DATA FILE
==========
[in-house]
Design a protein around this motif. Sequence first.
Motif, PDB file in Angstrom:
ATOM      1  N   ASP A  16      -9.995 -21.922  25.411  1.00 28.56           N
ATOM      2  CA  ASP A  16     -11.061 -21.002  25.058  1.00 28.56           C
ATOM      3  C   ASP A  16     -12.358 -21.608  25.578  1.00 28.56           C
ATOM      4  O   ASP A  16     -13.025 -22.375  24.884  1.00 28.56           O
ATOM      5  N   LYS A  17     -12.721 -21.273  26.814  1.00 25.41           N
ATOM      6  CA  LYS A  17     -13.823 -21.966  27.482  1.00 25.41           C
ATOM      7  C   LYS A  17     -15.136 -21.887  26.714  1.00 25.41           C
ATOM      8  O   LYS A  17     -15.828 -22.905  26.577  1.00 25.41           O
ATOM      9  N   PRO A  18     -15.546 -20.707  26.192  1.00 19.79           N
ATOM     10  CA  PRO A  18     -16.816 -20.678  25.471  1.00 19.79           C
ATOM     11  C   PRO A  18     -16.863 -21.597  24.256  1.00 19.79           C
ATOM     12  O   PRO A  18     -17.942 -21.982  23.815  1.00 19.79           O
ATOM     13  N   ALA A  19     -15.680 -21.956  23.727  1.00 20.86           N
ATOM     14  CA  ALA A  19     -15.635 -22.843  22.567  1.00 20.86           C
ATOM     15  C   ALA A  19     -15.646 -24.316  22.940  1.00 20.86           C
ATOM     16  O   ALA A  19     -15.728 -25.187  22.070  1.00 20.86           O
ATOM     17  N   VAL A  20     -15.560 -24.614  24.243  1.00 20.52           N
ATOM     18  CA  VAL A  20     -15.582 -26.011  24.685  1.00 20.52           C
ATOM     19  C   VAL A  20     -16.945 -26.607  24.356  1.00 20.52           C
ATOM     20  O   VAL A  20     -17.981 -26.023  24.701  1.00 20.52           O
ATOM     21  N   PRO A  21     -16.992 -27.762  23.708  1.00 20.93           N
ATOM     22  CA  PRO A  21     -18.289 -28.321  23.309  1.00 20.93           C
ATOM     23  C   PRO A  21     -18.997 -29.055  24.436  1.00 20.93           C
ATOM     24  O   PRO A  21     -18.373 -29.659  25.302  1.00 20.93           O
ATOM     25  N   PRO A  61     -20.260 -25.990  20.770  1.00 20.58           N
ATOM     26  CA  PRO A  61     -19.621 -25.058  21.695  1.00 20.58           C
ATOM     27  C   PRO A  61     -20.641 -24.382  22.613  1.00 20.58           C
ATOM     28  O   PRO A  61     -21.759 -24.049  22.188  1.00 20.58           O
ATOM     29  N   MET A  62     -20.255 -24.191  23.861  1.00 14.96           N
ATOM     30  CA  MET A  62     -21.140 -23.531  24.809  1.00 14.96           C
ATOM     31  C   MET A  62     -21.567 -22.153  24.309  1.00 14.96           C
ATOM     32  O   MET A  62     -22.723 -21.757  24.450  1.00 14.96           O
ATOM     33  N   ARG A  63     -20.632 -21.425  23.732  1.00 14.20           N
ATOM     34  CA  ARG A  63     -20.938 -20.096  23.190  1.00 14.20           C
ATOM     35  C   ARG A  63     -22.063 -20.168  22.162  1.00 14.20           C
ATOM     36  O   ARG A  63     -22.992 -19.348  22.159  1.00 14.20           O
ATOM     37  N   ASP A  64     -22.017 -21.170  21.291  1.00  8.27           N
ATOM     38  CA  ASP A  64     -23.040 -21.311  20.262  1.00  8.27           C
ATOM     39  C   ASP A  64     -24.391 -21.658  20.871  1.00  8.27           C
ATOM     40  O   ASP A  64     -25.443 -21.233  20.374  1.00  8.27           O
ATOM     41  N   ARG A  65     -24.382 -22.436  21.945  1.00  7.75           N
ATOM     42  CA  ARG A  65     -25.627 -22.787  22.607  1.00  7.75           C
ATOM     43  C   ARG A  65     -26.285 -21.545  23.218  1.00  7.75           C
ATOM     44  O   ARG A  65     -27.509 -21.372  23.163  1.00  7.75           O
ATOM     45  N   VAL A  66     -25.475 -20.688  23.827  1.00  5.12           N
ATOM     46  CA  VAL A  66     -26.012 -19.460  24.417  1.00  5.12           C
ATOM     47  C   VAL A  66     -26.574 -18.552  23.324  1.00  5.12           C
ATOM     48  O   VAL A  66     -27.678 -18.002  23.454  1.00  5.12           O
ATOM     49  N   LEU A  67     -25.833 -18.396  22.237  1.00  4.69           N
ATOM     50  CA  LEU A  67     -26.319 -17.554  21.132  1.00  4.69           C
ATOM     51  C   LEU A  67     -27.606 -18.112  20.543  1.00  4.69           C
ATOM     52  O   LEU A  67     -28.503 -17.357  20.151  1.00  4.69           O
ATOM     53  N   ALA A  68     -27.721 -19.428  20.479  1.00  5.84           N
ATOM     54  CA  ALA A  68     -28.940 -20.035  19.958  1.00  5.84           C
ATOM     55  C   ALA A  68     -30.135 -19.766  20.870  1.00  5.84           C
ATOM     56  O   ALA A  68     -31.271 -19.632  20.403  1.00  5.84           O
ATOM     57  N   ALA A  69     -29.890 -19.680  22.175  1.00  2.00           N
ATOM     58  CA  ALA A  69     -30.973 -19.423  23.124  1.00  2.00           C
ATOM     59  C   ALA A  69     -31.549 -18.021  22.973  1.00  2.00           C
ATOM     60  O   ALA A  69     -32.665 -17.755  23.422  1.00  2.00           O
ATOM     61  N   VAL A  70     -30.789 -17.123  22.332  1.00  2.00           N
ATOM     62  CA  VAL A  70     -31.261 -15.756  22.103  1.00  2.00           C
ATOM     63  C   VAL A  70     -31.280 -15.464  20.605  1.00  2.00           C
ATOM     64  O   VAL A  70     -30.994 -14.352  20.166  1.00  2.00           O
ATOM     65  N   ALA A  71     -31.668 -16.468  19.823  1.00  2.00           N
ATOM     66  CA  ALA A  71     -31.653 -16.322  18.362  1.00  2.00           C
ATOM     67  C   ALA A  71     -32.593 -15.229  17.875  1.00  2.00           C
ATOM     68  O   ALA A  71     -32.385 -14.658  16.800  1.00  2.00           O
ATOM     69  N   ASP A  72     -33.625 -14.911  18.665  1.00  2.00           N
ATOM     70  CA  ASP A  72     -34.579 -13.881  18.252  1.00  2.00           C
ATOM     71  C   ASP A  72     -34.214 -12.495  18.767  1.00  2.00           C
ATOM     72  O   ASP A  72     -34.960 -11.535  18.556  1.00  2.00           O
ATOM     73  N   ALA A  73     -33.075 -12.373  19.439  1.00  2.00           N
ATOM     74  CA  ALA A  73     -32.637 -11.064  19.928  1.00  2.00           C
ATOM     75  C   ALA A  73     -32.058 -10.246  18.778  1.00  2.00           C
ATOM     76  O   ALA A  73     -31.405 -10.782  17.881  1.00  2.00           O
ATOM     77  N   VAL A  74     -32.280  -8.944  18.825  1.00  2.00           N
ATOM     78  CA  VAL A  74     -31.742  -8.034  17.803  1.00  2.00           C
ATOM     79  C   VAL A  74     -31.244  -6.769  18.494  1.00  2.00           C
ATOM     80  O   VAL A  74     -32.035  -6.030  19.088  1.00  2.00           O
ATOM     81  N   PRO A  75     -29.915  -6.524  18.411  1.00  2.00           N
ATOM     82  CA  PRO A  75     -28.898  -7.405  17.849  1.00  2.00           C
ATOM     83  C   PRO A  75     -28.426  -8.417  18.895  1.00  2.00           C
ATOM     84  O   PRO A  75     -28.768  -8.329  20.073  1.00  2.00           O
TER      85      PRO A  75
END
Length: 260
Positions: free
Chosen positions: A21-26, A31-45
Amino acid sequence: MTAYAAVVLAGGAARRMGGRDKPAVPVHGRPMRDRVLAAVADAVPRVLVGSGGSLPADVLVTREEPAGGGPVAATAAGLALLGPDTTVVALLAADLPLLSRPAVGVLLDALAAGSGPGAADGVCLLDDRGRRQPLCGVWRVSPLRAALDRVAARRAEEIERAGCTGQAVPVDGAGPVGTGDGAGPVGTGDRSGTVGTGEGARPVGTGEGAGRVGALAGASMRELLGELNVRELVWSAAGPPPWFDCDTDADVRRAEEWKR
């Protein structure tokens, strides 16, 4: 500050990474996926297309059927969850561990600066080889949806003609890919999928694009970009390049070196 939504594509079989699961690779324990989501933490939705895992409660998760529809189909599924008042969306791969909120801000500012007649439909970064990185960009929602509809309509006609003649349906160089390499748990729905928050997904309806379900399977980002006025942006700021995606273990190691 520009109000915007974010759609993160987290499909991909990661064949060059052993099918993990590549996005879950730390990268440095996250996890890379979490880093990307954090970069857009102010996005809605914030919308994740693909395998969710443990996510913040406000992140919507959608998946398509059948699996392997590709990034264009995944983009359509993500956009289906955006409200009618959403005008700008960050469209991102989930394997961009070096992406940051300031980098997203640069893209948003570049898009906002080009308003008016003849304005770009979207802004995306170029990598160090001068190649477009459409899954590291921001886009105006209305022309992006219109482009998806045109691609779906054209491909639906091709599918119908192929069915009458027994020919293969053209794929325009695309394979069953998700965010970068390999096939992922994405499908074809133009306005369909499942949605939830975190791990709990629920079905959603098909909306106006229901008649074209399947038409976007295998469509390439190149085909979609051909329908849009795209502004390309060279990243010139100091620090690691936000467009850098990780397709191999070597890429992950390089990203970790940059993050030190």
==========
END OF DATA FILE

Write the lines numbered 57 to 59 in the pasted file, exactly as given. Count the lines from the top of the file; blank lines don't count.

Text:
ATOM     54  CA  ALA A  68     -28.940 -20.035  19.958  1.00  5.84           C
ATOM     55  C   ALA A  68     -30.135 -19.766  20.870  1.00  5.84           C
ATOM     56  O   ALA A  68     -31.271 -19.632  20.403  1.00  5.84           O